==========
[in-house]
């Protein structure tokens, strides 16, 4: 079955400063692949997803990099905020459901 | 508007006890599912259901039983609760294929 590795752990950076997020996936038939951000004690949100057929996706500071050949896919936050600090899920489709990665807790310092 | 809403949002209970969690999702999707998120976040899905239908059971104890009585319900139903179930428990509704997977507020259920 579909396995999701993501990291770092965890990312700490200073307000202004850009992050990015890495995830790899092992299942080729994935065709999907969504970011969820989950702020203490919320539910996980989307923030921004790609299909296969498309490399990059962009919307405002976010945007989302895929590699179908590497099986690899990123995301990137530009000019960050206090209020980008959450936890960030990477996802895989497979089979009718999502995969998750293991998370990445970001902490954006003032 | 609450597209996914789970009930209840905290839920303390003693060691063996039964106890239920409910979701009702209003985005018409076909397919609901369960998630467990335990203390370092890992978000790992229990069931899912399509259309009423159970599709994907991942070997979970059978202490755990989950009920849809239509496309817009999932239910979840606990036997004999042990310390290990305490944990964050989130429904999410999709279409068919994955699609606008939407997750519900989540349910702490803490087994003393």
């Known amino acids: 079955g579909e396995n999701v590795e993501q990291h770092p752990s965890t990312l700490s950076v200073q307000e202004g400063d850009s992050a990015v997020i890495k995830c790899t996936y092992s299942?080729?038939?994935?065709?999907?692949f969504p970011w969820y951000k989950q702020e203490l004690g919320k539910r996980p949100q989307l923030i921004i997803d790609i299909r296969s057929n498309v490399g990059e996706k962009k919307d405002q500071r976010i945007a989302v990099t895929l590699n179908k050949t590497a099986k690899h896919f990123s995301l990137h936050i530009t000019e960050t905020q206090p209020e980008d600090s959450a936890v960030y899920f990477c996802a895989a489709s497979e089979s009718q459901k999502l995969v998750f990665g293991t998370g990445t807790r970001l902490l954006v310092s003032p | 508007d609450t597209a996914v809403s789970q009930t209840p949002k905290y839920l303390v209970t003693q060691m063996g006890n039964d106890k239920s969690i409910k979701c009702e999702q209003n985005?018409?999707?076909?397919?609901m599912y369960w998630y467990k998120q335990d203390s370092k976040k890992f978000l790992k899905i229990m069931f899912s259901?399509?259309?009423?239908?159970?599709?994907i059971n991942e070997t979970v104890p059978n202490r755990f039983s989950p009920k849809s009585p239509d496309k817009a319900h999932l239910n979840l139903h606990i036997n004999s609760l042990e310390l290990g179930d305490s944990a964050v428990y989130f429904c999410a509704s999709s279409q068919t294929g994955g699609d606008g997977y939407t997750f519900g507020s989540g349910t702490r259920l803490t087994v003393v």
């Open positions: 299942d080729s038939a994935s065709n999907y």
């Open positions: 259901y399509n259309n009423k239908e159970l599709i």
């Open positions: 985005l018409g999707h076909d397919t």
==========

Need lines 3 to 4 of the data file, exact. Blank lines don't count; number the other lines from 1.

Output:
């Known amino acids: 079955g579909e396995n999701v590795e993501q990291h770092p752990s965890t990312l700490s950076v200073q307000e202004g400063d850009s992050a990015v997020i890495k995830c790899t996936y092992s299942?080729?038939?994935?065709?999907?692949f969504p970011w969820y951000k989950q702020e203490l004690g919320k539910r996980p949100q989307l923030i921004i997803d790609i299909r296969s057929n498309v490399g990059e996706k962009k919307d405002q500071r976010i945007a989302v990099t895929l590699n179908k050949t590497a099986k690899h896919f990123s995301l990137h936050i530009t000019e960050t905020q206090p209020e980008d600090s959450a936890v960030y899920f990477c996802a895989a489709s497979e089979s009718q459901k999502l995969v998750f990665g293991t998370g990445t807790r970001l902490l954006v310092s003032p | 508007d609450t597209a996914v809403s789970q009930t209840p949002k905290y839920l303390v209970t003693q060691m063996g006890n039964d106890k239920s969690i409910k979701c009702e999702q209003n985005?018409?999707?076909?397919?609901m599912y369960w998630y467990k998120q335990d203390s370092k976040k890992f978000l790992k899905i229990m069931f899912s259901?399509?259309?009423?239908?159970?599709?994907i059971n991942e070997t979970v104890p059978n202490r755990f039983s989950p009920k849809s009585p239509d496309k817009a319900h999932l239910n979840l139903h606990i036997n004999s609760l042990e310390l290990g179930d305490s944990a964050v428990y989130f429904c999410a509704s999709s279409q068919t294929g994955g699609d606008g997977y939407t997750f519900g507020s989540g349910t702490r259920l803490t087994v003393v």
């Open positions: 299942d080729s038939a994935s065709n999907y």